The role of Blastocystis sp. and Dientamoeba fragilis in irritable bowel syndrome: a systematic review and meta-analysis

The role of Blastocystis sp. and Dientamoeba fragilis in irritable bowel syndrome: a systematic... Irritable bowel syndrome (IBS) is globally one of the most prevalent gastrointestinal disorders with a negative impact on quality of life and socio-economic status of patients. Recently, controversial evidences suggest that Blastocystis sp. and Dientamoeba fragilis infections may be implicated in the development of IBS. We performed a systematic review and meta-analysis to examine the possible association regarding this issue. PubMed, ScienceDirect, Scopus, Web of Science, and Cochrane electronic databases were searched (up to February 2017) to identify the relevant studies. Pooled odds ratio (OR) and 95% confidence intervals were estimated using a random effects meta-analysis model on data from included studies. A total of 17 studies including 5882 participants (2527 patients and 3310 controls) met the eligibility criteria. Individuals with Blastocystis infection were found to have a positive association with IBS (OR, 2.19; 95% CI, 1.54–3.13), while this association was not observed for D. fragilis infection (OR, 1.13; 95% CI, 0.22–5.72). In subgroup analysis for Blastocystis infection, the pooled ORs were OR 2.29, 95% CI 1.55–3.41; OR 1.70, 95% CI 0.83–3.44; and OR 3.83, 95% CI 2.34–6.27 for hospital-based, healthy volunteers, and combined controls, respectively. Considering the subtypes, meta-analysis result demonstrated significant positive ORs for ST1 (OR, 4.40; 95% CI, 2.81–6.90) and ST3 (OR, 1.94; 95% CI, 1.36–2.77) to be potential risk factors for IBS. Our results support the existence of a positive association between Blastocystis sp. and IBS. Further studies with more sample size should be performed to better investigate the real impact of these parasites on the occurrence of IBS. Parasitology Research Springer Journals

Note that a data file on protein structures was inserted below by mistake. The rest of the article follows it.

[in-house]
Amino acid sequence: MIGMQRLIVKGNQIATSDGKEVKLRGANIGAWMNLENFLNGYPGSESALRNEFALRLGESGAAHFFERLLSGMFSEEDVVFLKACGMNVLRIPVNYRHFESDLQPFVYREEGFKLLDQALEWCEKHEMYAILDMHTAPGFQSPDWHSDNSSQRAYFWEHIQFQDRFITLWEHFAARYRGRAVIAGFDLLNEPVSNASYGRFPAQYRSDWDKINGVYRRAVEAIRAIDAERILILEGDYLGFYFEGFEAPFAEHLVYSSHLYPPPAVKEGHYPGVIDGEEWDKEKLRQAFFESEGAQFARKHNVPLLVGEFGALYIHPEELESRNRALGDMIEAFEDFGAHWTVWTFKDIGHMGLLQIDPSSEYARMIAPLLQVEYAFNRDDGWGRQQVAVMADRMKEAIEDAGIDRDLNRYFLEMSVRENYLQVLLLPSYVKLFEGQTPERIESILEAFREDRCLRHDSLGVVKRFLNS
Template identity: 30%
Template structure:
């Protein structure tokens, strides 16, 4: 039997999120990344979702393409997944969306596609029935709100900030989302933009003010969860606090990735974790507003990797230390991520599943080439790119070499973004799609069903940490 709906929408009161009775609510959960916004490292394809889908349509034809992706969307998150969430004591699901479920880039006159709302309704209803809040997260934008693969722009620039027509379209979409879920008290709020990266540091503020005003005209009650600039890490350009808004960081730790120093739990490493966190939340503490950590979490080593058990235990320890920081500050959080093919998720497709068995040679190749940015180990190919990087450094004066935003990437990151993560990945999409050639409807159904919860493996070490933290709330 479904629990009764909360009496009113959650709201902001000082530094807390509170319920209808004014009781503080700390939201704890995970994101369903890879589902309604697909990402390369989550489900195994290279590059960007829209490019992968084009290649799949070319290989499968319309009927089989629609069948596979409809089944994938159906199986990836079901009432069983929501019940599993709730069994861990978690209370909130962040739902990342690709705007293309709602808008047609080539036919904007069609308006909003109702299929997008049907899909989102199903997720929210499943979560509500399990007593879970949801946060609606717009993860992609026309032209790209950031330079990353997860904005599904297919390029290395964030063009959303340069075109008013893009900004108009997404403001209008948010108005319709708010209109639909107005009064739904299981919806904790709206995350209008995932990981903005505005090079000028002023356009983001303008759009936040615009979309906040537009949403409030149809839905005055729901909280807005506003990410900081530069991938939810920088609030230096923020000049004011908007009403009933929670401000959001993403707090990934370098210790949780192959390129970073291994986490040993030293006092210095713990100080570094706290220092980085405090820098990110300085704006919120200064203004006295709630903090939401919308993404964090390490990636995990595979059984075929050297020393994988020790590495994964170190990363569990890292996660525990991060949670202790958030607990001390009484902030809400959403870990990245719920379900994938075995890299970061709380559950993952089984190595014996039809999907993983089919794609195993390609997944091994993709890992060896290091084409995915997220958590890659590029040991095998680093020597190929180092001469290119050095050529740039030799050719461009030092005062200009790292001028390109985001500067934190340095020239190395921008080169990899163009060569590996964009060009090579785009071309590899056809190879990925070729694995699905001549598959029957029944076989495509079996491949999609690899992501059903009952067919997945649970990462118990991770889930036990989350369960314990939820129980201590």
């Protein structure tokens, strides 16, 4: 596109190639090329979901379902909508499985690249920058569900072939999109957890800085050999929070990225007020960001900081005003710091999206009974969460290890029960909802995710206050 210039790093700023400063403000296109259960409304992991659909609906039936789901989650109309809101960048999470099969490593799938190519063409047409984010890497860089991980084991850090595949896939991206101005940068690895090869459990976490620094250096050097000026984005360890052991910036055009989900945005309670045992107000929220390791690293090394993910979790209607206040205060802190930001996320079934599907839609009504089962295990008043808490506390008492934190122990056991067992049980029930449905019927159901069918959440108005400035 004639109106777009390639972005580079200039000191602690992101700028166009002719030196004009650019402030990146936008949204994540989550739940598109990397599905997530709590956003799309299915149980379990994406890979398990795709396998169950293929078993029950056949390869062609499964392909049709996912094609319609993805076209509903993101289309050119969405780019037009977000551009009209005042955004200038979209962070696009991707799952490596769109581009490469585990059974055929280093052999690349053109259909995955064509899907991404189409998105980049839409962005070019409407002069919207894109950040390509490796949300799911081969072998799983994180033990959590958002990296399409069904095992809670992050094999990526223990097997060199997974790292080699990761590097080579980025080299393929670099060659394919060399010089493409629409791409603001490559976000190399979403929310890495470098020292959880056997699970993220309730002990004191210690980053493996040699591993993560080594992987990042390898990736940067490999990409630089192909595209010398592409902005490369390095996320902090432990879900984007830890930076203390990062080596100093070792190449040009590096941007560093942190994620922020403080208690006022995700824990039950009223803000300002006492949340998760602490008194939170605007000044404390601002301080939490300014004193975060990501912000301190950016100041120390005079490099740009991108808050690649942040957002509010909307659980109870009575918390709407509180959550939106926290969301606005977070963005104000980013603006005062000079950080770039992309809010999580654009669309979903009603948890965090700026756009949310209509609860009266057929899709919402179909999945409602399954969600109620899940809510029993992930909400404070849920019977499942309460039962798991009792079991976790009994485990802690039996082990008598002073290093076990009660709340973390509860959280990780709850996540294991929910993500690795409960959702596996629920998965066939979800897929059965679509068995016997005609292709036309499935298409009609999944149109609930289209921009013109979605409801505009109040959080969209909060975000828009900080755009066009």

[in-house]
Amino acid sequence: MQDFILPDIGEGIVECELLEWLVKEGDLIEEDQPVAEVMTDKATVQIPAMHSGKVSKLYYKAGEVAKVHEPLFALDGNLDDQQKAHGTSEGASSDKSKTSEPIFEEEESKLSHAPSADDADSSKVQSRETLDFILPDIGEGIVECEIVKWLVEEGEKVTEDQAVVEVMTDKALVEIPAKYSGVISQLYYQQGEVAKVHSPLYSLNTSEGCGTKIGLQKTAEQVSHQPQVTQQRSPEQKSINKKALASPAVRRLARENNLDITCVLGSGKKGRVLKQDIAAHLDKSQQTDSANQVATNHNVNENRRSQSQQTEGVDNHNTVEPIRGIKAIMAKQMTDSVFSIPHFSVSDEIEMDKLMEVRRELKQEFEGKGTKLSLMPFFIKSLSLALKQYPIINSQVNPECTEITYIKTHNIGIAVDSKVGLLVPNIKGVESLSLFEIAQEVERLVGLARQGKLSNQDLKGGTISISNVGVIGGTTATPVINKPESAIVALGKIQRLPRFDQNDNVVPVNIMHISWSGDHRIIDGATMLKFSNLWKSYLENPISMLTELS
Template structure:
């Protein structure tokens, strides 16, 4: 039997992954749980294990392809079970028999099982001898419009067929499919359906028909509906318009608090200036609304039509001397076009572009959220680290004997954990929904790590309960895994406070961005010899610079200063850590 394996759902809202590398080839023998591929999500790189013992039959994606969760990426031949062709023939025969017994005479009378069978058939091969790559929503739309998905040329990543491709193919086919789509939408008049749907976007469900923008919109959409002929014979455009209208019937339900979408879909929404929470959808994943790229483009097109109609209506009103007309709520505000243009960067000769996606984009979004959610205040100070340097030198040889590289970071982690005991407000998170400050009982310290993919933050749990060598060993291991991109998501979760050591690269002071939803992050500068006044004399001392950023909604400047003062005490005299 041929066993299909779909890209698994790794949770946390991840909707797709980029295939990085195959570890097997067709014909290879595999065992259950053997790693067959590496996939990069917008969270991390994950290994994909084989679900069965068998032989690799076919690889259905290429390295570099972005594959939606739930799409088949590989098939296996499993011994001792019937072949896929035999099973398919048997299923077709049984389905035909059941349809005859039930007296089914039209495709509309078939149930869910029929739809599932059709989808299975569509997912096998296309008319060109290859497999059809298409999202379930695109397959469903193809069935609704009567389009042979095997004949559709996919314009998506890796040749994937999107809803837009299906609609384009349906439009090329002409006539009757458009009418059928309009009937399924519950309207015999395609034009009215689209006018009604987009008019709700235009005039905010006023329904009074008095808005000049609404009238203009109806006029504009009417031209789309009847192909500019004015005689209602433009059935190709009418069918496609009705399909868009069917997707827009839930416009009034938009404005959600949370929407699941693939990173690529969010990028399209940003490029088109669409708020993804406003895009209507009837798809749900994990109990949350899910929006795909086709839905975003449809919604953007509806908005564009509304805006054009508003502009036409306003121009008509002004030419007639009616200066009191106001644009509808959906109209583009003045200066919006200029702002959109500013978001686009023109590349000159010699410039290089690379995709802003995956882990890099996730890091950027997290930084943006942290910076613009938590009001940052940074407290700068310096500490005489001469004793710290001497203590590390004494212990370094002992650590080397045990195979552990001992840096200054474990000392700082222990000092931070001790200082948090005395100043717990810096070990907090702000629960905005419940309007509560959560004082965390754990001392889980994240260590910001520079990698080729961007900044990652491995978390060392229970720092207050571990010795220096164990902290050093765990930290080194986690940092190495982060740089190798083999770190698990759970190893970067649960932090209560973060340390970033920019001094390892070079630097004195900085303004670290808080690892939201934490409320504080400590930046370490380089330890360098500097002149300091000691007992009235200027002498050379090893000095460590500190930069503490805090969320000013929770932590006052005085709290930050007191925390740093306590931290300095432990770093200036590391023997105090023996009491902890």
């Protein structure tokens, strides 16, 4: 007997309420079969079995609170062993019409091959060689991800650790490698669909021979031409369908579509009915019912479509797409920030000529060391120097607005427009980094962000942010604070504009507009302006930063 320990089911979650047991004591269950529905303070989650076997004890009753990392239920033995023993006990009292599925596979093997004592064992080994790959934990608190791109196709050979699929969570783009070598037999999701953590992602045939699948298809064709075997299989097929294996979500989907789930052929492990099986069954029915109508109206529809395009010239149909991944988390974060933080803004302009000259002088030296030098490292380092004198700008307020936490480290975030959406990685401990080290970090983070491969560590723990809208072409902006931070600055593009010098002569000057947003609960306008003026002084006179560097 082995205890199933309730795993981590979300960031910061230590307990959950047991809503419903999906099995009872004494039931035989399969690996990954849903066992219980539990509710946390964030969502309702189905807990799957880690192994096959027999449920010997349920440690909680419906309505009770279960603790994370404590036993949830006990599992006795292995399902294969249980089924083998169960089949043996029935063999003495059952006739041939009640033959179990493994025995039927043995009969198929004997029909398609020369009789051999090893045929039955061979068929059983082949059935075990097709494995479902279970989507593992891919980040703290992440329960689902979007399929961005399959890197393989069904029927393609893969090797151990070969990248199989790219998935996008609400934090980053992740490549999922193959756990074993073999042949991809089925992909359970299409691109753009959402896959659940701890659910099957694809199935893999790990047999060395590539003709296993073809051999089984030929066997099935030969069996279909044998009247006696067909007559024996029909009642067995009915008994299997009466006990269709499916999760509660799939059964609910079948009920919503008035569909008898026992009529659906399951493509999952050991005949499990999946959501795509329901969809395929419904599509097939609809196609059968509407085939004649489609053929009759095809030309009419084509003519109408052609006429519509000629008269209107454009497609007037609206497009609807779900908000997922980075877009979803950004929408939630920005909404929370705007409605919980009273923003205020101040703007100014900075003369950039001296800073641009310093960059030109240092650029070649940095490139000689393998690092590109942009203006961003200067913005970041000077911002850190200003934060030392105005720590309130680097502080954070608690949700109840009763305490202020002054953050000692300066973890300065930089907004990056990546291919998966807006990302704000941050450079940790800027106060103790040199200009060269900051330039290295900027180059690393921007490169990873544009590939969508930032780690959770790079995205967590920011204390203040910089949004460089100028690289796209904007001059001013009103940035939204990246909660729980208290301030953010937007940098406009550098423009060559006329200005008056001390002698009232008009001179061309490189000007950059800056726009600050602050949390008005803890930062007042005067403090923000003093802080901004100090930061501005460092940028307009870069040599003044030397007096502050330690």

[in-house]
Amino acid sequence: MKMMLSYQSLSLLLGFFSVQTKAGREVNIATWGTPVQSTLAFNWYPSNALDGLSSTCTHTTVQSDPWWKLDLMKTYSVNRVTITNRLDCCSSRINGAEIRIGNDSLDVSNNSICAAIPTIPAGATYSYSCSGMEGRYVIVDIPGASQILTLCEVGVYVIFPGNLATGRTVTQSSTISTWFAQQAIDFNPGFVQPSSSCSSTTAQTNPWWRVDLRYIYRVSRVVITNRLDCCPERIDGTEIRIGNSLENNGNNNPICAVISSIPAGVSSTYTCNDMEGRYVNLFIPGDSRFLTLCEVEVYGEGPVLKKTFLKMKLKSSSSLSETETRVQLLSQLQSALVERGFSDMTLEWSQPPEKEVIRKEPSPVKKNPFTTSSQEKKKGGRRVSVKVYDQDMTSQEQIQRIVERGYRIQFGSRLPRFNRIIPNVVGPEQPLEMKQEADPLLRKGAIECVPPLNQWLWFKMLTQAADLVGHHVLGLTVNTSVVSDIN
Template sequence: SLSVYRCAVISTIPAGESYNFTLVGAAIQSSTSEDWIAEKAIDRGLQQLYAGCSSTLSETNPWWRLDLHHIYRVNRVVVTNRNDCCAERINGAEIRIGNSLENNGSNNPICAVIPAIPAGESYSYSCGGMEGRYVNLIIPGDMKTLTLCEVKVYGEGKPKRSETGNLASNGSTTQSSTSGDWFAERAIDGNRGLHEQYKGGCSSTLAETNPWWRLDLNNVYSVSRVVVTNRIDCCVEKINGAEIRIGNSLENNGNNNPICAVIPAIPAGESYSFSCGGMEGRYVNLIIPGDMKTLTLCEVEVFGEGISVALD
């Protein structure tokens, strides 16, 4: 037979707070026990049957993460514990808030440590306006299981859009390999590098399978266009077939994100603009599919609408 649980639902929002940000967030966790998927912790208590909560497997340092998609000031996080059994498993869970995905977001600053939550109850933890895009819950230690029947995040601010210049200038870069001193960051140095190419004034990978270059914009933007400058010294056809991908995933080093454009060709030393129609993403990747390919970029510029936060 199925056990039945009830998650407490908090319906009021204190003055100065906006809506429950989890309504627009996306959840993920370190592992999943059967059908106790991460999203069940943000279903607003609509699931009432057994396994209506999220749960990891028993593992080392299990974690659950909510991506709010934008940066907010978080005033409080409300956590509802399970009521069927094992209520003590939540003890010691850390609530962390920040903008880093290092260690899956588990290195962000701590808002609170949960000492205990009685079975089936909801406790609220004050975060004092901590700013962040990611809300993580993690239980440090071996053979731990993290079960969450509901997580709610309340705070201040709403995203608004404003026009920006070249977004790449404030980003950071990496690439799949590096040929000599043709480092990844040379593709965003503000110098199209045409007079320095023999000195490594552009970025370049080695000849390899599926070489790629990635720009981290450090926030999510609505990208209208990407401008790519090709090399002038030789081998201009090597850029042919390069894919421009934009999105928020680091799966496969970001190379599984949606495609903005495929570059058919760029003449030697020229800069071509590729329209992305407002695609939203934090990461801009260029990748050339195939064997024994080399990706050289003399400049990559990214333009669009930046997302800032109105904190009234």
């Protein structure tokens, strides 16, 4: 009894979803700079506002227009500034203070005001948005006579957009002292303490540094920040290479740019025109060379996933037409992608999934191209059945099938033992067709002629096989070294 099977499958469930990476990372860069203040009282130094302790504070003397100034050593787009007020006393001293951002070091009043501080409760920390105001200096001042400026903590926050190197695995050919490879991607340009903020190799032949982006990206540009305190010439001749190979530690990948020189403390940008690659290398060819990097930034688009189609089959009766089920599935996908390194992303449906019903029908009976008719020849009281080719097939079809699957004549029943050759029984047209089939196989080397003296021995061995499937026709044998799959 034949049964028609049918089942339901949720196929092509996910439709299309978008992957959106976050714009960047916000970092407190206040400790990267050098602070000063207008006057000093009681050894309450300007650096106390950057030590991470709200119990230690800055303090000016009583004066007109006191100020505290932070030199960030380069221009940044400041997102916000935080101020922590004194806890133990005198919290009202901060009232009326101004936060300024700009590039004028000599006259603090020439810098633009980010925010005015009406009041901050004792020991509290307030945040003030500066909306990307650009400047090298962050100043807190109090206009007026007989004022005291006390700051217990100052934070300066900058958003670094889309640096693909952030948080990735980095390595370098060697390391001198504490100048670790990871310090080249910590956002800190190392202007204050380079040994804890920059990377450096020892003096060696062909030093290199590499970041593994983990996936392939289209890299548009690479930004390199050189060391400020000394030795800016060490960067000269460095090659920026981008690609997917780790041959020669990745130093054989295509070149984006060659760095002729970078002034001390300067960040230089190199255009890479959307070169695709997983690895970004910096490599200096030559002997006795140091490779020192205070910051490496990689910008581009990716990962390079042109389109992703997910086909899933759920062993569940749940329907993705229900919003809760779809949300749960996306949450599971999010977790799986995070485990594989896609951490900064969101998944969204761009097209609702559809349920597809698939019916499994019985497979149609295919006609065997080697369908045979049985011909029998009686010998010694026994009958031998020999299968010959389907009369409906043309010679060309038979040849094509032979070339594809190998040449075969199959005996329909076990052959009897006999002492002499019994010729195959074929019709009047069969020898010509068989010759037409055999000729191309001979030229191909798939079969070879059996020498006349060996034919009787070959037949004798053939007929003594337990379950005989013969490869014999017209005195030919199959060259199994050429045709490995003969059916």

The role of Blastocystis sp. and Dientamoeba fragilis in irritable bowel syndrome: a systematic review and meta-analysis

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Springer Berlin Heidelberg
Copyright © 2017 by Springer-Verlag GmbH Germany
Biomedicine; Medical Microbiology; Microbiology; Immunology
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